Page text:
Today’s topic is something I have mentioned, tangentially, on several occasions during the time I have been writing for the Hempfield Suburban News. It is called uninsured/underinsured motorist coverage, or “U” coverage.
If you are injured in a motor vehicle accident caused by someone else, as part of your claim for monetary damages, you first will have access to the liability coverage under the policy of the owner of the vehicle which caused the accident. If the vehicle is uninsured (which is a violation of Pennsylvania law) or underinsured (the amount of liability coverage is not sufficient to compensate you for your losses), then you can turn to the U benefits you purchased under your own policy for additional coverage.
In this scenario, people ask, many times, why their own insurance should “have to pay” if the accident was caused by someone else. Well, the short answer is, just like you pay premiums for life insurance, disability insurance and every other kind of insurance, you are paying premiums to your own automobile insurance company for the protection of U coverage. Your insurance company does not feel bad taking your premiums, so there is no need for you to be hesitant to avail yourself of the benefits you purchased under the policy. Another nice feature in this scenario is that your own insurance company owes certain fiduciary duties to you. Therefore, unlike the insurance company for the at-fault party, your insurance company is mandated by law to investigate your claim and provide you with its findings and the bases upon which it is relying in a prompt fashion, and it must value your claim fairly and reasonably. Needless to say, it is much easier working with your own insurance company to resolve a claim, than it is with the at-fault party’s carrier.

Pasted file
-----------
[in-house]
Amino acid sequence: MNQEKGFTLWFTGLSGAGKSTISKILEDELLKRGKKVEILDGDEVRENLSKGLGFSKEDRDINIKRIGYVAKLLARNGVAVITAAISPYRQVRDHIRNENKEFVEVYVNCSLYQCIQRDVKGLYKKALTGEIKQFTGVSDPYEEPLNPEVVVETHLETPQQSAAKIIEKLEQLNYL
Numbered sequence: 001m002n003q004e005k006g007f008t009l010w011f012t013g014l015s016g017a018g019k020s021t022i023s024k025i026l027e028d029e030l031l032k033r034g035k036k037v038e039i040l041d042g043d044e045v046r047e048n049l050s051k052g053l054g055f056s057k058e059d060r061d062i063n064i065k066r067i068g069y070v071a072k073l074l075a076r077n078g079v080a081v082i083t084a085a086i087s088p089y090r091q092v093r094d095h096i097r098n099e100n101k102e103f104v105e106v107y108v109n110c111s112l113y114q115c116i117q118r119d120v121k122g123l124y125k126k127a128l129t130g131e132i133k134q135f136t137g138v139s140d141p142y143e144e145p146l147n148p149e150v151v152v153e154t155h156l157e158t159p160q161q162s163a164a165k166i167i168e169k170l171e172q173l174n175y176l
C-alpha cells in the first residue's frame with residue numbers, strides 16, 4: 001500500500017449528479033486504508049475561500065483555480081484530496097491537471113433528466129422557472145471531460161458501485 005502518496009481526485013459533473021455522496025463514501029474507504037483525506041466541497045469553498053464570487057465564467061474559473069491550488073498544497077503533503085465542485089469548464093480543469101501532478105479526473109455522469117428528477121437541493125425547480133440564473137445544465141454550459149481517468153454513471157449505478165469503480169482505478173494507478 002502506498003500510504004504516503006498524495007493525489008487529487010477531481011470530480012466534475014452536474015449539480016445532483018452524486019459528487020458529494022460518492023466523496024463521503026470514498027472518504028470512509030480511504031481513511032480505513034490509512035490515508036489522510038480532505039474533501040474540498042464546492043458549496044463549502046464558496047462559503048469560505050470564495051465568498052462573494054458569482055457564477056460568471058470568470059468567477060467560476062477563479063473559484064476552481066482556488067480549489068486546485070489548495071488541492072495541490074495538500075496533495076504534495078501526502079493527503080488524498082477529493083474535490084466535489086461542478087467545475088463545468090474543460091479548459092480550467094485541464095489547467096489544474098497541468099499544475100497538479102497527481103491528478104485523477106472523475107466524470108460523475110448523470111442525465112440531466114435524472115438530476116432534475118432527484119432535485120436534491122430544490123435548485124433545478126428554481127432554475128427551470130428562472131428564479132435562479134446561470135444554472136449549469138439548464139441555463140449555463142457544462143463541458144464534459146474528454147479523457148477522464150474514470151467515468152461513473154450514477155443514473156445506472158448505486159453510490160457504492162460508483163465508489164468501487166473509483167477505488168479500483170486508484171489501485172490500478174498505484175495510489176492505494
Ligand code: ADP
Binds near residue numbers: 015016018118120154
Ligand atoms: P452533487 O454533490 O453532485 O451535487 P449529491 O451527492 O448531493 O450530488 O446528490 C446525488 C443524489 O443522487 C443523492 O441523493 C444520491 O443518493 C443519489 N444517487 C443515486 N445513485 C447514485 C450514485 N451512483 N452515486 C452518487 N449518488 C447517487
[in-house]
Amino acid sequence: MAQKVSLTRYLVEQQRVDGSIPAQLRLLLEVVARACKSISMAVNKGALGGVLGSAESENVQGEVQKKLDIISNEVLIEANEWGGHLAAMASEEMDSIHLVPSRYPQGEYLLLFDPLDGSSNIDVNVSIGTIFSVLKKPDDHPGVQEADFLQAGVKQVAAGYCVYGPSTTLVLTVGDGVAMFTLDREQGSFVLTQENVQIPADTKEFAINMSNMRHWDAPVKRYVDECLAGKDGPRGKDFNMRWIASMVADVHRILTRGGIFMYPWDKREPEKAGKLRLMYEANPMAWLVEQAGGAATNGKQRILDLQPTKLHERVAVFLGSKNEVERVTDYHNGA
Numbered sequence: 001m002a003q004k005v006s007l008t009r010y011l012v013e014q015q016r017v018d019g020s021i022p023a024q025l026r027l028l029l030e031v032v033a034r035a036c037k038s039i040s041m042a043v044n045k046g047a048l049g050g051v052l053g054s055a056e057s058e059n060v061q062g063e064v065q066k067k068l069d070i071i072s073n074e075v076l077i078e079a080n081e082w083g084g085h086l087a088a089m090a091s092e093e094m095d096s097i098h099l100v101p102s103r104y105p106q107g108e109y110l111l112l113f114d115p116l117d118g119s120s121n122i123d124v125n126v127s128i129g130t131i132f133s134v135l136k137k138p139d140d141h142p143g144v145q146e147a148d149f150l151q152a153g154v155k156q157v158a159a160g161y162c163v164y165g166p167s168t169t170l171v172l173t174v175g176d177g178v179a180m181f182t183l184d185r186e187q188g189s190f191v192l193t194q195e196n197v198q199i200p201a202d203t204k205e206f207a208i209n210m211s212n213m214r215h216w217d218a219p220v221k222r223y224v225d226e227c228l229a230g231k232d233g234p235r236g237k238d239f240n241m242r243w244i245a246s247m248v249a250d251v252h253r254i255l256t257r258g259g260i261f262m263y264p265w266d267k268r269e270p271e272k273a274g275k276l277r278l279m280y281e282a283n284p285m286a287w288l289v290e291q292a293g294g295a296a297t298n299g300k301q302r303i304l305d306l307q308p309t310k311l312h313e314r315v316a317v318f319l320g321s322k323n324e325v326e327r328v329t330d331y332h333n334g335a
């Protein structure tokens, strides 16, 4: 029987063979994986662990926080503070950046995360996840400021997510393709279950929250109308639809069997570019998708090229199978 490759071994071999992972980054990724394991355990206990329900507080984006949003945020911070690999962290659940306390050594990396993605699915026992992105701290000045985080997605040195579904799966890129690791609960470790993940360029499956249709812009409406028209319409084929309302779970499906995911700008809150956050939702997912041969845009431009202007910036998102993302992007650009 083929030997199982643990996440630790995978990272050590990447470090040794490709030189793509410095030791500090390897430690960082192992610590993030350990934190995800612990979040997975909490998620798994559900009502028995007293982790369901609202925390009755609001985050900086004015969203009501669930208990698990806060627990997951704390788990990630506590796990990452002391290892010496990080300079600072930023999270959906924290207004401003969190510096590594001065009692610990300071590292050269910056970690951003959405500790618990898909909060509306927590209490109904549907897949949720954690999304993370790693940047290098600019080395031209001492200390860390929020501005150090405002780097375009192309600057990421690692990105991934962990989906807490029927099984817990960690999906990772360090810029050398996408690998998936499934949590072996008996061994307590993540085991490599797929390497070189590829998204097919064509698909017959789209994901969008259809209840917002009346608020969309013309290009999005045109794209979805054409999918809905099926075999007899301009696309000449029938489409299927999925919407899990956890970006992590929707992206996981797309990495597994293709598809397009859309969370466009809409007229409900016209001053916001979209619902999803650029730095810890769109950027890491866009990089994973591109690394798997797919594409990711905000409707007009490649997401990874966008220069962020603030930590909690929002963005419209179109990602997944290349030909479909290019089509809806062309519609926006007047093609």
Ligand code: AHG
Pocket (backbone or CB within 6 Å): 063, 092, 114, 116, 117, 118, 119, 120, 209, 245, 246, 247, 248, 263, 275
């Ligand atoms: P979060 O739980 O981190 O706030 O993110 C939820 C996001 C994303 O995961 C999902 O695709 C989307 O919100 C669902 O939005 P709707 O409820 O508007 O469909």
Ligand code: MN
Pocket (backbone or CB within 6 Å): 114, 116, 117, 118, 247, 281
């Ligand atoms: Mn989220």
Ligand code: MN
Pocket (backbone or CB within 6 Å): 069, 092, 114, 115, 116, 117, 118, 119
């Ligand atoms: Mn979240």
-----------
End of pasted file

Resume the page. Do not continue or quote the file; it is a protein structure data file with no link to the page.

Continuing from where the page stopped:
Just like with liability coverage, every automobile insurance policy written in Pennsylvania must have a minimum of $15,000.00 in U coverage. When you purchase your policy from an insurance agent, the agent will tell you that you must purchase the same amount of U coverage as you have in liability coverage, except if you execute what are called a *”sign-down”* forms. To put this as succinctly and directly as possible, *don’t do it! *
There are so many people, today, driving around with no auto insurance or very little in liability limits that it is critically important you purchase enough U coverage to make sure that you and your family will be made whole in the event of an accident. I recommend that you carry at least $100,000.00 in U coverage, whether that be $100,000.00 on one vehicle or $50,000.00 on two vehicles that can be “stacked” (adding the limits from each covered vehicle together).
Let me try to illustrate with an extreme example. Assume that Ms. A is involved in a motor vehicle accident caused by Mr. B, and, as a result, she is paralyzed from the neck down. Ms. A’s doctors tell her that she has no chance of ever regaining feeling or movement in her arms and legs, and she will never be able to work again in her trained profession as a nurse. Ms. A and her husband have two vehicles covered under their automobile insurance policy. While they have $100,000.00 in liability limits, they executed sign down forms and have only $15,000.00 in U coverage, non-stacked. It turns out that Mr. B has no coverage at all, as he was an uninsured driver. Therefore, the only pool of insurance money to which Ms. A will have access is $15,000.00. However, if Ms. A and her husband had kept their U coverage at the same level as their liability coverage, and if they had not rejected stacking, Ms. A would have had access to $200,000.00 for her recovery.
At the time you purchase your automobile insurance policy, it may seem like a good idea to save a couple of bucks by reducing your U coverage and choosing not to stack your coverage benefits. Trust me when I say that, if you or your family is involved in a motor vehicle accident, the extra few dollars will have been money well spent. Please, Hempfield, protect yourselves…